The Salmo is a 60 kilometre river born from the Selkirk Mountains. It winds through stands of cedar, hemlock, and Englemann spruce, and it is visited by foraging grizzly bears and breeding Harlequin ducks.

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Small Farms Feed Community in Big Ways

The best piece of relationship advice that Geoff Beech ever received was on the day of his wedding when a friend told him a simple secret to a long lasting marriage:

“Find something that neither of you have done before and do it together.”

In their thirties, Geoff and his wife Terri Austin-Beech learned to ski together. Now that they have reached retirement, they are pursuing a dream 40 years in the making; they are learning to run a farm together.

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Shifting into Electric Gear

Steve Elder was born in New Zealand and lived there until he moved to sunny Los Angeles in the 1970s, eventually finding his way north to greater Vancouver, which he now calls home. However, summers spent vacationing at Christina Lake with his family is something that always brings back good memories for Steve. 

Perhaps that is why three years ago, Steve purchased the old Mercury shop truck that spent many years parked beside the workshop at the Christina Lake Service Station.  As a car enthusiast and career mechanic, he has big aspirations for the truck: Steve dreams that one day he might be able to electrify the 1954 pickup. It’s an ambitious undertaking, yet perhaps he is on to something much bigger.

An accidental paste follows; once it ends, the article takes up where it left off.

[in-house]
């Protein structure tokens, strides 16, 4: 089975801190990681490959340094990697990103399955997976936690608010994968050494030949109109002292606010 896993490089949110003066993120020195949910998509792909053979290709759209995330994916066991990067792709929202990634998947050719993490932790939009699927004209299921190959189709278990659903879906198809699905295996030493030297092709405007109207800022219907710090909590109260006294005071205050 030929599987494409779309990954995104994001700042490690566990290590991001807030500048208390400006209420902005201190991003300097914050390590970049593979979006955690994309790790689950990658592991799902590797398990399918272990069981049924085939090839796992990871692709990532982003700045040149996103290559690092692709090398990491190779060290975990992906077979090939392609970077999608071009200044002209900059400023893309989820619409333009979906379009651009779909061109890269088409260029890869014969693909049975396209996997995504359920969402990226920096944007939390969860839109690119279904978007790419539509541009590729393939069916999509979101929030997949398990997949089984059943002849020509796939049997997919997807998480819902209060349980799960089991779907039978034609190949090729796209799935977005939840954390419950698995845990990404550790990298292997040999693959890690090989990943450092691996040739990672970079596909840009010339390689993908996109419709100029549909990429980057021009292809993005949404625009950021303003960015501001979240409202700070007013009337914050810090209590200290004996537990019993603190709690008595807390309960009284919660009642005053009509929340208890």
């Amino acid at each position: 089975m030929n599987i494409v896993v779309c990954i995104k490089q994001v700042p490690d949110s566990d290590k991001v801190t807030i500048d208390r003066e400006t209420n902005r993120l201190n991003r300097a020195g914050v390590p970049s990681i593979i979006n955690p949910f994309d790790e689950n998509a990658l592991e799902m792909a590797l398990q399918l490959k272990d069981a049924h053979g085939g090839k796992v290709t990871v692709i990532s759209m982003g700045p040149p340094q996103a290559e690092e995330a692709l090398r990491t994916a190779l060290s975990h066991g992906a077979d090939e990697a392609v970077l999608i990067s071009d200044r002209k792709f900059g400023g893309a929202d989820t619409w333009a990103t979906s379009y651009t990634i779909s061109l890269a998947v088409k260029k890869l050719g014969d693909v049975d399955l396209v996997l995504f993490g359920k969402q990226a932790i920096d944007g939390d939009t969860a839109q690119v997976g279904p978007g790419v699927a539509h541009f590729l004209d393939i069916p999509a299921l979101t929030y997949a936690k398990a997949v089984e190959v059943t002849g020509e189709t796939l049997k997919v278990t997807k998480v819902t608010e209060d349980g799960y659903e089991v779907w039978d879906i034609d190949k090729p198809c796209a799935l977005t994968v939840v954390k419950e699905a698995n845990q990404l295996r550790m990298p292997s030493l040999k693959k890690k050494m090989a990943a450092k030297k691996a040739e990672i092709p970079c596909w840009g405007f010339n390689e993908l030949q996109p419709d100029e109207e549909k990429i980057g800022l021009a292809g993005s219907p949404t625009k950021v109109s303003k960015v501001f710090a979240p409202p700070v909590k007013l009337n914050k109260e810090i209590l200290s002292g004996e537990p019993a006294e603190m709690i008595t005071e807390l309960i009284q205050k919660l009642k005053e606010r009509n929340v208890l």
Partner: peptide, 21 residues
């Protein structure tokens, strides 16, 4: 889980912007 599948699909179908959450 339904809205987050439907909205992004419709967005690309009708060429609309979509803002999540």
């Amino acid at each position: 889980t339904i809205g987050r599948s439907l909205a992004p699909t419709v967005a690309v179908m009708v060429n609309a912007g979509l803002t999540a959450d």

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You can always find moments of happiness

This has been a hard year. One might say, this has been one of the most difficult years we have ever had to face. 

Collectively, we have experienced one of the most challenging times in modern history.  

And yet, here we are. 

For some of us, this year has not come without loss. There are many people who are grieving right now. 

Still, joy and grief can live simultaneously. 

This year has been hard but if you look closely you can always find moments of happiness, even if it’s just in the little things. 

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Bartender Builds Home from the Ground Up

If You Build It

You may recognize Carlos Köppen as the head bartender at Jackson’s Hole & Grill in Nelson, British Columbia. He’s worked there for 12 years. What you might not know is that he is building his family a house with the same two hands that serve up Caesars on Wing Night to local residents.